alcohol social drinking in cultural context routledge series for creative teaching and learning in anthropology

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Alcohol

Author : Janet Chrzan
ISBN : 9781135095352
Genre : Social Science
File Size : 33. 82 MB
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Alcohol: Social Drinking in Cultural Context critically examines alcohol use across cultures and through time. This short text is a framework for students to self-consciously examine their beliefs about and use of alcohol, and a companion text for teaching the primary concepts of anthropology to first-or second year college students.

Coffee Culture

Author : Catherine M. Tucker
ISBN : 9781317392248
Genre : Social Science
File Size : 35. 14 MB
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Coffee Culture: Local experiences, Global Connections explores coffee as (1) a major commodity that shapes the lives of millions of people; (2) a product with a dramatic history; (3) a beverage with multiple meanings and uses (energizer, comfort food, addiction, flavouring, and confection); (4) an inspiration for humor and cultural critique; (5) a crop that can help protect biodiversity yet also threaten the environment; (6) a health risk and a health food; and (7) a focus of alternative trade efforts. This book presents coffee as a commodity that ties the world together, from the coffee producers and pickers who tend the plantations in tropical nations, to the middlemen and processors, to the consumers who drink coffee without ever having to think about how the drink reached their hands.

Re Imagining Milk

Author : Andrea S. Wiley
ISBN : 9781317403036
Genre : Social Science
File Size : 62. 49 MB
Format : PDF
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Milk is a fascinating food: it is produced by mothers of each mammalian species for consumption by nursing infants of that species, yet many humans drink the milk of another species (mostly cows) and they drink it throughout life. Thus we might expect that this dietary practice has some effects on human biology that are different from other foods. In Re-imagining Milk Wiley considers these, but also puts milk-drinking into a broader historical and cross-cultural context. In particular, she asks how dietary policies promoting milk came into being in the U.S., how they intersect with biological variation in milk digestion, how milk consumption is related to child growth, and how milk is currently undergoing globalizing processes that contribute to its status as a normative food for children (using India and China as examples). Wiley challenges the reader to re-evaluate their assumptions about cows' milk as a food for humans. Informed by both biological and social theory and data, Re-imagining Milk provides a biocultural analysis of this complex food and illustrates how a focus on a single commodity can illuminate aspects of human biology and culture.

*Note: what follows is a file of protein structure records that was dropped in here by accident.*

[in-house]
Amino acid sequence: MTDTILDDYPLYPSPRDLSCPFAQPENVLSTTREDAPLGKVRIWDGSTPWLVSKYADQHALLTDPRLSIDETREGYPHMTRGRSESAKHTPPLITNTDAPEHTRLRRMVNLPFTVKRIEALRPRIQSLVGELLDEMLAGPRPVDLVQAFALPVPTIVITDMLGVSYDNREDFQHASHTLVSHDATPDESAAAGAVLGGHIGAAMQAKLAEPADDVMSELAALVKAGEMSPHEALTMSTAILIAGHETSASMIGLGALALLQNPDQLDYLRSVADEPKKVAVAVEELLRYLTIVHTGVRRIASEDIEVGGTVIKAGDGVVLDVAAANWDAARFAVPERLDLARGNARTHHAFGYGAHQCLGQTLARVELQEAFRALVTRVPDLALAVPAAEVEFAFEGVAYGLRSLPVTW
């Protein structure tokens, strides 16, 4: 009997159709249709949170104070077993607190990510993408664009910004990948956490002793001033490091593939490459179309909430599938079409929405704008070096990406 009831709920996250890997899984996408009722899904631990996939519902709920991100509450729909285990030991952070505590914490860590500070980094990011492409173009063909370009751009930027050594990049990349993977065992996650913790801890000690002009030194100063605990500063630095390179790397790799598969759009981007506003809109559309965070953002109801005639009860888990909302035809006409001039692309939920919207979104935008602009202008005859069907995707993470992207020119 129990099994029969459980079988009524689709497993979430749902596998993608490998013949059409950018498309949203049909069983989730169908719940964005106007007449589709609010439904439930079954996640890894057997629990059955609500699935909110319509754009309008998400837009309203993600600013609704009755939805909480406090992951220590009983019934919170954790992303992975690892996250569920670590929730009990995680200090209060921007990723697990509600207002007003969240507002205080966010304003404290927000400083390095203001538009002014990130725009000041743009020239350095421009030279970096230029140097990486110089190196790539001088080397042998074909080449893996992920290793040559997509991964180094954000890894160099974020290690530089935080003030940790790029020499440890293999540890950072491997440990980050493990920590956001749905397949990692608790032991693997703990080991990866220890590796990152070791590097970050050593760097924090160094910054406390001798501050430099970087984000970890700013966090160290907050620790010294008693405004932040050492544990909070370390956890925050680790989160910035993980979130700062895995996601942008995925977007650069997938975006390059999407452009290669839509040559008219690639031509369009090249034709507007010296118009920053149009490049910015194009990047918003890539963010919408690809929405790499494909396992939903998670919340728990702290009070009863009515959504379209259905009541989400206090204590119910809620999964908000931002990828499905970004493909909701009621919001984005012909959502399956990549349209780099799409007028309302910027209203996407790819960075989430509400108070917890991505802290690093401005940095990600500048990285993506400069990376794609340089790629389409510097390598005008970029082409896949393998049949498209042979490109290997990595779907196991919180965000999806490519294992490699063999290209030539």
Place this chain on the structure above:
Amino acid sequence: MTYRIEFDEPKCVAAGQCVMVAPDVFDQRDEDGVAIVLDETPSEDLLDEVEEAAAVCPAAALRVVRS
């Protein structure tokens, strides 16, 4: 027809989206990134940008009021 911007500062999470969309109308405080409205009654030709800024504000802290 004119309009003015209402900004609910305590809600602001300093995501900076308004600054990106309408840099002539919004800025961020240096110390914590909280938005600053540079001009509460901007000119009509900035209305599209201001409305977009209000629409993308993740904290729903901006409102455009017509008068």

Alcohol Tobacco And Obesity

Author : Kirsten Bell
ISBN : 9781136762512
Genre : Medical
File Size : 31. 94 MB
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Although drinking, smoking and obesity have attracted social and moral condemnation to varying degrees for more than two hundred years, over the past few decades they have come under intense attack from the field of public health as an 'unholy trinity' of lifestyle behaviours with apparently devastating medical, social and economic consequences. Indeed, we appear to be in the midst of an important historical moment in which policies and practices that would have been unthinkable a decade ago (e.g., outdoor smoking bans, incarcerating pregnant women for drinking alcohol, and prohibiting restaurants from serving food to fat people), have become acceptable responses to the 'risks' that alcohol, tobacco and obesity are perceived to pose. Hailing from Canada, Australia, the United Kingdom and the USA, and drawing on examples from all four countries, contributors interrogate the ways in which alcohol, tobacco and fat have come to be constructed as 'problems' requiring intervention and expose the social, cultural and political roots of the current public health obsession with lifestyle. No prior collection has set out to provide an in-depth examination of alcohol, tobacco and obesity through the comparative approach taken in this volume. This book therefore represents an invaluable and timely contribution to critical studies of public health, health inequities, health policy, and the sociology of risk more broadly.